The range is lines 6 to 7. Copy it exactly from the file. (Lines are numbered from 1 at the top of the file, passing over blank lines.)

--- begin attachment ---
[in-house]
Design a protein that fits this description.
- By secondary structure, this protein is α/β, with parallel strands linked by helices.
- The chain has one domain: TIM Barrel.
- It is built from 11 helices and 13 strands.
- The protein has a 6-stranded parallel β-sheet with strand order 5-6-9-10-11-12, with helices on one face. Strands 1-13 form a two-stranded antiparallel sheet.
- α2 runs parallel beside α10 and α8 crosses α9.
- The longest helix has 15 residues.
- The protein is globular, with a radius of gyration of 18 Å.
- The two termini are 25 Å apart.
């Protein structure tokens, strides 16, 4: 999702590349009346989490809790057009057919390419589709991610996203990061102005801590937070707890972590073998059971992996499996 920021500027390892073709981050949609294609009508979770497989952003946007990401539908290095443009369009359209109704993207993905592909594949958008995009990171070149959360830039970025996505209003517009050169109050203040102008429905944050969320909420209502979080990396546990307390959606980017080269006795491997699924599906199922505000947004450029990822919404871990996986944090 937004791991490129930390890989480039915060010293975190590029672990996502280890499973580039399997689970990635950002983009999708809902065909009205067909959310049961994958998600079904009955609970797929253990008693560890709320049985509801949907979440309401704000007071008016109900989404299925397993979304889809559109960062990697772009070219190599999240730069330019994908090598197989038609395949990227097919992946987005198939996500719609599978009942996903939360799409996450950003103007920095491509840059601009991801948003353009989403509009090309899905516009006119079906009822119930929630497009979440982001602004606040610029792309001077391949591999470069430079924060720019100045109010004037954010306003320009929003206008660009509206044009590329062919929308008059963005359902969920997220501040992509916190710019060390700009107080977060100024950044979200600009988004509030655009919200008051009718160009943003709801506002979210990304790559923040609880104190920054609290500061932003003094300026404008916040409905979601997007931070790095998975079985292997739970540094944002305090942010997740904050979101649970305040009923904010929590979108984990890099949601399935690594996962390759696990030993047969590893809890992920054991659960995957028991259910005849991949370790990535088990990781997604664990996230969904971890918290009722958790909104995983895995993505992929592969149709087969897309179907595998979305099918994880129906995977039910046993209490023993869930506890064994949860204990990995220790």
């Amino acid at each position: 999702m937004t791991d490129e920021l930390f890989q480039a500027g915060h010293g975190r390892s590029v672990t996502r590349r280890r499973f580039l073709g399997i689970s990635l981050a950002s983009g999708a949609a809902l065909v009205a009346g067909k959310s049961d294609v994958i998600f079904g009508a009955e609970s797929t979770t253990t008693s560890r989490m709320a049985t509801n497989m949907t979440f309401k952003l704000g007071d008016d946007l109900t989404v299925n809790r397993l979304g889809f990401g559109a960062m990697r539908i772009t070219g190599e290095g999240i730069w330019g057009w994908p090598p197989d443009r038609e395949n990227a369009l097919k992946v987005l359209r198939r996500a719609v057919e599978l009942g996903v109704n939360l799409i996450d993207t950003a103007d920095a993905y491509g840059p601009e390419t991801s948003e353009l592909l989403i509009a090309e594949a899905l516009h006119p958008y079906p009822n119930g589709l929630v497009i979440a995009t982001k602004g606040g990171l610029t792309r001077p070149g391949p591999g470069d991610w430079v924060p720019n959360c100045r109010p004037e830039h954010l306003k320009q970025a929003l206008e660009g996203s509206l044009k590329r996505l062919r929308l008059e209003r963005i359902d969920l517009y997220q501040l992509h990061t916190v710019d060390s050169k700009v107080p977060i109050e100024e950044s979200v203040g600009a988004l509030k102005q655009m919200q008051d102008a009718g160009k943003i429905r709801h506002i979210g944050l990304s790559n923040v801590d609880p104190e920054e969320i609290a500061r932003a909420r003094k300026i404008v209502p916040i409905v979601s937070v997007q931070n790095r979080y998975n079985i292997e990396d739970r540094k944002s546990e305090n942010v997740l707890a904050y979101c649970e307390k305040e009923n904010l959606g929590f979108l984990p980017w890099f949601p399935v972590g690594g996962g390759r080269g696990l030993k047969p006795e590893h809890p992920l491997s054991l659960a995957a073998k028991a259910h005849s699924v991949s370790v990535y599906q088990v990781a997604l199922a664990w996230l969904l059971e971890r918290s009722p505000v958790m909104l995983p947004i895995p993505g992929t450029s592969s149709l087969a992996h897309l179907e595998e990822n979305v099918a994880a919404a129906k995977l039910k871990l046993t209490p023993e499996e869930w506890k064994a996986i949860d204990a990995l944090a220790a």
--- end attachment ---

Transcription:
- The protein has a 6-stranded parallel β-sheet with strand order 5-6-9-10-11-12, with helices on one face. Strands 1-13 form a two-stranded antiparallel sheet.
- α2 runs parallel beside α10 and α8 crosses α9.